DENVER—Forty Minutes of Hell? Just a different name for an old game to Duke’s Blue Devils.

OCLC WorldCat record
40 minutes of Hell : a celebration of the 1994 Razorbacks
Author: Joseph Layden; Ernie Wood
Publisher: Dallas : Taylor Pub. Co., ©1994.
Edition/Format: Book : Biography : English

OCLC WorldCat record
40 minutes of hell
Author: Mike Anderson; Championship Productions.
Publisher: Ames, IA : Championship Productions, ©2007.
Series: ; Championship basketball clinics.‘“>“On the Court” demonstration series.; Championship basketball clinics.
Edition/Format: DVD video : English
Database: WorldCat
Summary:
“Hard play and pressure defense are the backbone of Coach Anderson’s teams. Stance, hands, balance and closeness to the offensive player are very important principles to Anderson. Using an overhead, Anderson diagrams his defensive system. Ball pressure, anticipation, rotation and trapping are key terms in this system"--Container.

OCLC WorldCat record
Forty minutes of hell : the extraordinary life of Nolan Richardson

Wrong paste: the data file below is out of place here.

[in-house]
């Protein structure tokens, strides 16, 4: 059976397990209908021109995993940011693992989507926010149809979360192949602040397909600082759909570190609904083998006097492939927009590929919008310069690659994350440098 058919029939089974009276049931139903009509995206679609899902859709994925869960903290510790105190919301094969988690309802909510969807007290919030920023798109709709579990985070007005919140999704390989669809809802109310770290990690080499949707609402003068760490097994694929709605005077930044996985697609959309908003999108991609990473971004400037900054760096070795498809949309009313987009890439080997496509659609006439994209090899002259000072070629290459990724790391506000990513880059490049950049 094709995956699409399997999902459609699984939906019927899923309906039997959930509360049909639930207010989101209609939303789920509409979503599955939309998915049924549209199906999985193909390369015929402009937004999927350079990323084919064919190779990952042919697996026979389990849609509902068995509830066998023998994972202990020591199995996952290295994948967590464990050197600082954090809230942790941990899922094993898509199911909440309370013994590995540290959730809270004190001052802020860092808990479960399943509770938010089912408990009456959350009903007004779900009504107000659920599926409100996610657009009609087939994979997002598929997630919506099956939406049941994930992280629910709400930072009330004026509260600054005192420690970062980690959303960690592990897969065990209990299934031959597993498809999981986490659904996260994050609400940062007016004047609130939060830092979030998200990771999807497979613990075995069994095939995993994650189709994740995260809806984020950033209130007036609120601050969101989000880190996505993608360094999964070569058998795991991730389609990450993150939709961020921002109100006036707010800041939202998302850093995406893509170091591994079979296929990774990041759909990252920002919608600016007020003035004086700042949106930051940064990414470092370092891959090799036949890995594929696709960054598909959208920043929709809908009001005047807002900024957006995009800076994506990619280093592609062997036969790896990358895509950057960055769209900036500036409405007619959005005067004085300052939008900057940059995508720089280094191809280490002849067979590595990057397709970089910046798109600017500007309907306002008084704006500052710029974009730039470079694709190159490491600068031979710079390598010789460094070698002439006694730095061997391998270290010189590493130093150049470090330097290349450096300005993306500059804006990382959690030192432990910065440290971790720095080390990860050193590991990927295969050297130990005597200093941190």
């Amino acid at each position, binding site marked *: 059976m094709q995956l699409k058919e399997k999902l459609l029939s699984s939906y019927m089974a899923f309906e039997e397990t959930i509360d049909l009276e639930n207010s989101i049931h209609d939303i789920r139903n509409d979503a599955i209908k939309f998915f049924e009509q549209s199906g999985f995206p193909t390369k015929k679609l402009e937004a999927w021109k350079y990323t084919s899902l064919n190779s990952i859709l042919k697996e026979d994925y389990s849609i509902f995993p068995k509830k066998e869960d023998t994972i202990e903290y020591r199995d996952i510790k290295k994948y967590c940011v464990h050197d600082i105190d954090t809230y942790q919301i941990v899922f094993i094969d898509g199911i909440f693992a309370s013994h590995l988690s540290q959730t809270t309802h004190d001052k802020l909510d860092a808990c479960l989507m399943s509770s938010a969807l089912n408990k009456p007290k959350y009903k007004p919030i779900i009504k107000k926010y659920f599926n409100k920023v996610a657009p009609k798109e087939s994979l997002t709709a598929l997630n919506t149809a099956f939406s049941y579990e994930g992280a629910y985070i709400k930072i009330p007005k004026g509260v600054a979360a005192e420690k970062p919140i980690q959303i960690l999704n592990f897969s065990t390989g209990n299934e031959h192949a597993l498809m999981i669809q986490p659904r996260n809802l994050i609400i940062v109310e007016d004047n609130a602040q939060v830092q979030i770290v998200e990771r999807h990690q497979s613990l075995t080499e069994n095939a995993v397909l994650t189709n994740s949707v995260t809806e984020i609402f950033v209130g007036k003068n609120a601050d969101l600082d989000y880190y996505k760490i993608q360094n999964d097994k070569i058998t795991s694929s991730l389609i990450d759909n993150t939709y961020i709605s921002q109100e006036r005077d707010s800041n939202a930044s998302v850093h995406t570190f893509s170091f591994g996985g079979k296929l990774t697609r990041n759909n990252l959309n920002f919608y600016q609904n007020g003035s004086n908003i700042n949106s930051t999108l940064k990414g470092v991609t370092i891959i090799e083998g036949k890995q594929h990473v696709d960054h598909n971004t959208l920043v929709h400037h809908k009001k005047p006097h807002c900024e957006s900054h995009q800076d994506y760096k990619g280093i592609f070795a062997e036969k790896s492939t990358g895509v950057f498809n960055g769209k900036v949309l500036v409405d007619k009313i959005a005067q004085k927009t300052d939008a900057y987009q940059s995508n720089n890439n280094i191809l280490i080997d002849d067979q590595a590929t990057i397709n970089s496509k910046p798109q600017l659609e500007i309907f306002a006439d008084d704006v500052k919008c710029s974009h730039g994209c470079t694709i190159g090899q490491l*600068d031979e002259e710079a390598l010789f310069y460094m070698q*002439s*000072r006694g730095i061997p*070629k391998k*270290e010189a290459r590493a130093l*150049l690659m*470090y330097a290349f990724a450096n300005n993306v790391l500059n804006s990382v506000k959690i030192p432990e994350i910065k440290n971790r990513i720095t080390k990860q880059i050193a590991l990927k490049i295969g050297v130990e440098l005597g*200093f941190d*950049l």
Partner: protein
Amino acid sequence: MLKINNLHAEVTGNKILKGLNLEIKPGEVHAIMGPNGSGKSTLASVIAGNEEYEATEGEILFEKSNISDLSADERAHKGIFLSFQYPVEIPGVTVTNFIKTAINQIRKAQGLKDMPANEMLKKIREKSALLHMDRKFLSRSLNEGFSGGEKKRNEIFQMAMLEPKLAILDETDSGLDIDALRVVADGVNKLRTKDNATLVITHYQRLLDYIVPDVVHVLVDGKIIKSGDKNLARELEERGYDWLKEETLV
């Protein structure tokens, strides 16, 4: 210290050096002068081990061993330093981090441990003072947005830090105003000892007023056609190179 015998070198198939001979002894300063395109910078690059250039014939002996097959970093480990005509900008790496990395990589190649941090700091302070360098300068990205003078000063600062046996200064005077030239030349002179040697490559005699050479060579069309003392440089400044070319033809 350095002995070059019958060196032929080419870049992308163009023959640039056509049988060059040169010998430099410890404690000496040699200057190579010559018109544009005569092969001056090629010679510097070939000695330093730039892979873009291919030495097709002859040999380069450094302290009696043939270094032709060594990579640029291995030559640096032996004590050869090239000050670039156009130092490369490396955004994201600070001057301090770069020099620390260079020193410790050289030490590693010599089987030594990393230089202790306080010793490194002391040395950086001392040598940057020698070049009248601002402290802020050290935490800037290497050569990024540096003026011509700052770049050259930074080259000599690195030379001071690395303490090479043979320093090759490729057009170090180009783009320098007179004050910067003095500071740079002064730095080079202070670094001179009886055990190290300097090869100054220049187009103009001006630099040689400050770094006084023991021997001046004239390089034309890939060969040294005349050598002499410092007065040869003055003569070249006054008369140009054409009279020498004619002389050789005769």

Author: Rus Bradburd
Publisher: New York : Amistad, ©2010.
Edition/Format: Book : Biography : English : 1st ed
Database: WorldCat
Summary:
“An exploration of the politics of race and sports in elite college basketball programs, from the Jim Crow era until today, witnessed through the life of African-American basketball coach and NCAA Title Winner, Nolan Richardson, who took the University of Arkansas to back to back Final Four appearances in the 1990s"--Provided by publisher.

Twitter
johnnypittman
‏@johnnypittman
@NKYCat33 @tsnmike ...from Richardson’s ‘40 minutes of Hell’ to Tarkanian’s ‘Amoeba D’ and full court style. It was a game I loved to watch.
Kentucky, USA
4:03 PM - 11 Feb 2015

Twitter
Coach Sal Armato
‏@dadhoops15
Sad day as we lose Jerry Tarkanian.  The real creator of 40 minutes of hell!  Rest easy Tark!
4:32 PM - 11 Feb 2015

Twitter
Tyler Godush
‏@TylerGodush
40 minutes of hell. Fastest 40. Whatever you call it. It’s back. And the wait has been well worth #WPS
10:08 PM - 14 Feb 2015

Posted by Barry Popik
New York CitySports/Games • Monday, February 16, 2015 • Permalink